by Marion Nestle
Mar 8 2011

Omega-3s in infant formula: time for a close look

The FDA just announced that it is planning to research health claims on infant formulas such as “supports brain and eye development.’’ The FDA wants to:

assess women’s understanding of and response to various statements on infant formula labels. The study results will be used to help the Agency to understand the role that certain types of statements on infant formula labels have in influencing formula choice….The study will focus on purchase choice, perceived similarity of the formula to breast milk, and perceived likelihood that the formula has certain health benefits.

Translation: the FDA thinks that claims for omega-3 fatty acids—DHA, in this case—on infant formulas mislead mothers into thinking the formulas are better than breast milk.

Despite lack of evidence for benefits, infant formula makers have been so successful in marketing the addition of these omega-3 fatty acids that you can hardly buy a formula without them.

I was in Ecuador a few months ago and saw this sign:

The idea?  Omega-3′s will make your kid smart.

My book, What to Eat, has a chapter on infant formula and baby food. Here are some relevant excerpts:

Infant formulas cause controversy and are endlessly contentious for three important reasons. Formulas are (1) largely unnecessary (most mothers can breast feed their infants), (2) not as perfect as breast milk for feeding babies, and (3) more expensive than breast feeding.

Breast milk is nutritionally superior to formula, but from a marketing standpoint it has one serious disadvantage: it is free. Beyond one-time purchases of breast pumps, storage bottles, or special clothing, nobody makes money from it.

For mothers who cannot, should not, or do not want to breast feed, formula is a socially and nutritionally acceptable substitute. But formula companies do not only promote formulas to mothers who must use formula. In subtle and not-so-subtle ways, they promote the use of formulas to all pregnant women and new mothers.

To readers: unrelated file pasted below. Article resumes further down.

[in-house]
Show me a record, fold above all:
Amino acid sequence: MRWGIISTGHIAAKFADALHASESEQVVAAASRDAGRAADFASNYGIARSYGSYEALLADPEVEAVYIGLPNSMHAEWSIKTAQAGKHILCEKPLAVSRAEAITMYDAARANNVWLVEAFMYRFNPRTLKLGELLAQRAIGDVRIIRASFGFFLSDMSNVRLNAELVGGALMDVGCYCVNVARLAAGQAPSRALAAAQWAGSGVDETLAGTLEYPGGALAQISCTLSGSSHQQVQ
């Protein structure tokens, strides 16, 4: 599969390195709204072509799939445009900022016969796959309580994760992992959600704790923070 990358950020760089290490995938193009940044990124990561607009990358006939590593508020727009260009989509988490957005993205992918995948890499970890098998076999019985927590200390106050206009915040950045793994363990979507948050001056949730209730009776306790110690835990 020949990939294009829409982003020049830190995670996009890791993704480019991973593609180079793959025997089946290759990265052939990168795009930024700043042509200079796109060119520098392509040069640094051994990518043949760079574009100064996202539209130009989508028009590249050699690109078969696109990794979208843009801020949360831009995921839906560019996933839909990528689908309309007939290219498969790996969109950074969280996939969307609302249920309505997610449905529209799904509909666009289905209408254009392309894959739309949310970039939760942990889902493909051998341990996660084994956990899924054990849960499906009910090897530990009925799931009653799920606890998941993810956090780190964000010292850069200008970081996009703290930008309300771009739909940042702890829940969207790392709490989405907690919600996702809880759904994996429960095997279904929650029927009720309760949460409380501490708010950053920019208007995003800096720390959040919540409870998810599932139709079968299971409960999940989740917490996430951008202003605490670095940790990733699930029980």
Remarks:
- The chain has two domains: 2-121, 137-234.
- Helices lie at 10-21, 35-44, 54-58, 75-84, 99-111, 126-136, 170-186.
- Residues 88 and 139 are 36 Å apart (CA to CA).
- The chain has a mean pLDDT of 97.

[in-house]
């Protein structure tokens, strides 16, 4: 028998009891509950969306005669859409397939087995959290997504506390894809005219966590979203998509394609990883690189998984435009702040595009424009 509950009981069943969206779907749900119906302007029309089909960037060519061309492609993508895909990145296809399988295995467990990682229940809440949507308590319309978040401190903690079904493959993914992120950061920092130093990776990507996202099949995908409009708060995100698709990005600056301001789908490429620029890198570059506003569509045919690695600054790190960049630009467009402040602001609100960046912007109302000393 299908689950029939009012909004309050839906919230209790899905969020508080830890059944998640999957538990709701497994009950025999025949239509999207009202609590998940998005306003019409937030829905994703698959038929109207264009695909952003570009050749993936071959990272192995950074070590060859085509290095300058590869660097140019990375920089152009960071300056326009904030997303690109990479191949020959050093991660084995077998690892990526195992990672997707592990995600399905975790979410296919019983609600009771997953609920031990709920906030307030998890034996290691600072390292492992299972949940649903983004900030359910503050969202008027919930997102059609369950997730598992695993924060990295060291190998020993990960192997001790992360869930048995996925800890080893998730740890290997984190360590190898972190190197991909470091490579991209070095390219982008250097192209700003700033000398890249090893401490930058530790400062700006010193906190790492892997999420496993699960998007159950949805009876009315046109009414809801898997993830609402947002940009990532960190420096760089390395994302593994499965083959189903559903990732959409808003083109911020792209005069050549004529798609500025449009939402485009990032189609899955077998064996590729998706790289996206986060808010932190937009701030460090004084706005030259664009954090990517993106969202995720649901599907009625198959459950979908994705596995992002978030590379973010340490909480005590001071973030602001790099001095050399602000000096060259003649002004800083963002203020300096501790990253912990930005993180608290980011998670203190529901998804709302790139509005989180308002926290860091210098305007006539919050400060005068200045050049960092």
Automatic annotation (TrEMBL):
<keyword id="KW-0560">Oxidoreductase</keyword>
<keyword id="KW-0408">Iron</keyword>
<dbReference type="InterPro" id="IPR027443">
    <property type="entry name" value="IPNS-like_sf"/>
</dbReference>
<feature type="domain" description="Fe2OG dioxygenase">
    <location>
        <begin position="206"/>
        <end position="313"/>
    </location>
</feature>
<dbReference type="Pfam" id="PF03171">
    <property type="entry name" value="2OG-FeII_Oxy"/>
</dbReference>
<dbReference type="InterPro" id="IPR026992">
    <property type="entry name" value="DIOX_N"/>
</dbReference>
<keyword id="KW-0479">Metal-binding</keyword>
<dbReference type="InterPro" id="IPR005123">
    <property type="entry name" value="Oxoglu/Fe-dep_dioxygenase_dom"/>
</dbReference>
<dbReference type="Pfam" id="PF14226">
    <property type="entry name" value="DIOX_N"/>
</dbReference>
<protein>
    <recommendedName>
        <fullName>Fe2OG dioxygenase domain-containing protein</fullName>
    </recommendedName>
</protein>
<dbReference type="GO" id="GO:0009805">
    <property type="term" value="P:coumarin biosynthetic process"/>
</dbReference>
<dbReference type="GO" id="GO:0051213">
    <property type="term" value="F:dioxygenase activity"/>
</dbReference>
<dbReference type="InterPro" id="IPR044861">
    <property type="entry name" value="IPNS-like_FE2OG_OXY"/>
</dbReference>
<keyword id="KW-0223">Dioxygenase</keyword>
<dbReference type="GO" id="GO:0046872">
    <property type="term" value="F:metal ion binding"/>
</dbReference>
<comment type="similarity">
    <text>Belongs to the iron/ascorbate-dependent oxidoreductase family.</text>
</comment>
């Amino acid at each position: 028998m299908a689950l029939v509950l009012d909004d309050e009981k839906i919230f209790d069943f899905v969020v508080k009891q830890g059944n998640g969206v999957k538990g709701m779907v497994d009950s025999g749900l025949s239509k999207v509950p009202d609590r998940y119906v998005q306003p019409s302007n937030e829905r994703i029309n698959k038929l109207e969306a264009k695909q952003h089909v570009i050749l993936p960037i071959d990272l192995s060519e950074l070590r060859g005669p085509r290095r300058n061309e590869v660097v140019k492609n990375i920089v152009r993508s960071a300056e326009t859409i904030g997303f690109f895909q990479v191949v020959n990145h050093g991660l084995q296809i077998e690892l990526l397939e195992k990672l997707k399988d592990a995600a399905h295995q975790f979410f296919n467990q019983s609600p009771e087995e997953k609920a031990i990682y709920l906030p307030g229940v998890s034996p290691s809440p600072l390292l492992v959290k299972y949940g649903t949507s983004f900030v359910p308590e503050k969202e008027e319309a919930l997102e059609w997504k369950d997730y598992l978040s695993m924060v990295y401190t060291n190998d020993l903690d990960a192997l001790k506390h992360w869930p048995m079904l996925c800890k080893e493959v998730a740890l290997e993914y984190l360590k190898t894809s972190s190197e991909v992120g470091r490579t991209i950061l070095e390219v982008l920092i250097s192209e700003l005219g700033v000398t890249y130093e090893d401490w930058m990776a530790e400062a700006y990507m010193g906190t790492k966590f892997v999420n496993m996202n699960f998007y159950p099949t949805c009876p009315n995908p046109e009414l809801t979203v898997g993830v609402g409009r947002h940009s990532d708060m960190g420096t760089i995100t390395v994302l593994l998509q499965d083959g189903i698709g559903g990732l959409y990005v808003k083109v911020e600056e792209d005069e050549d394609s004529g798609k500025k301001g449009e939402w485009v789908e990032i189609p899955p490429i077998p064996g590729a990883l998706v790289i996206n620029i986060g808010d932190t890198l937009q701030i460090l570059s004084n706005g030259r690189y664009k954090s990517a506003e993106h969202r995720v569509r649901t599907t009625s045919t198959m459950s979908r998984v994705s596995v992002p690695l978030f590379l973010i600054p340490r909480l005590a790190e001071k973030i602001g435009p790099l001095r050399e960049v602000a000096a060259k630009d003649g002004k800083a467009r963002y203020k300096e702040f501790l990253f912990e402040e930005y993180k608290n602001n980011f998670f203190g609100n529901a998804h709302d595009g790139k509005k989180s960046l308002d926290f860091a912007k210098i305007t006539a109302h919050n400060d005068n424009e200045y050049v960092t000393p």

I go on to explain that because formula is the sole food for infants, its composition is highly regulated. Therefore, all infant formulas have the same composition, and all virtually indistinguishable.

Competition for market share explains why formula companies want to put distinctive nutrients in their formulas–especially nutrients considered “conditional.” A conditional nutrient is one that might have some benefits under some circumstances. Even if the health benefits are minimal or questionable, they can be used in advertising.

That is the principal reason why so many formulas now have fatty acids added—omega 6 arachidonic acid (ARA) and omega-3 docosahexaenoic acid —the same one that is in fish oil. These two fatty acids are normally present in breast milk, and there is some evidence, weak and questionable as it may be, that they support infant brain development and vision.

Formula makers got the FDA to agree that ARA and DHA are normal components of food (which they are) and, therefore, are Generally Recognized As Safe (GRAS). This means that companies could add ARA and DHA to infant formulas without having to prove that either of them really did anything useful or beneficial.

I then explain that the FDA apparently agreed to the GRAS petition with some reluctance, as indicated by its answer to the question, “What is the evidence that addition of DHA and ARA to infant formulas is beneficial?”

The scientific evidence is mixed. Some studies in infants suggest that including these fatty acids in infant formulas may have positive effects on visual function and neural development over the short term. Other studies in infants do not confirm these benefits. There are no currently available published reports from clinical studies that address whether any long-term beneficial effects exist.

My interpretation of the proposed research study is that the FDA thinks the addition of ARA and DHA may discourage mothers from breastfeeding and may unnecessarily cause them to buy more expensive formula.

If you agree, tell the FDA you think the study is a great idea, and the sooner it gets going, the better.

You can file comments at  Refer to Docket No. FDA–2011–N–0098]


I think this is an excellent idea – this is just another way in which consumers are being duped. I’ll be sure to file a comment.

  • Brandon
  • March 8, 2011
  • 5:17 pm

Arachidonic Acid is omega-6…

  • Cathy Richards
  • March 8, 2011
  • 7:19 pm

It’s a complex thing — the requirement for omega 3s has not been proven, partly because the amount in breastmilk varies based on mother’s diet (daily intake as well as any fatty acids released from fat stores from intake months ago!), so it’s hard to study.

To me, infant formula shouldn’t be allowed to make any health claims other than “meets federal requirements”. However, if I adopted a baby I would be shopping for a formula with omega 3…just in case! So it’s a complex issue.

  • megan
  • March 8, 2011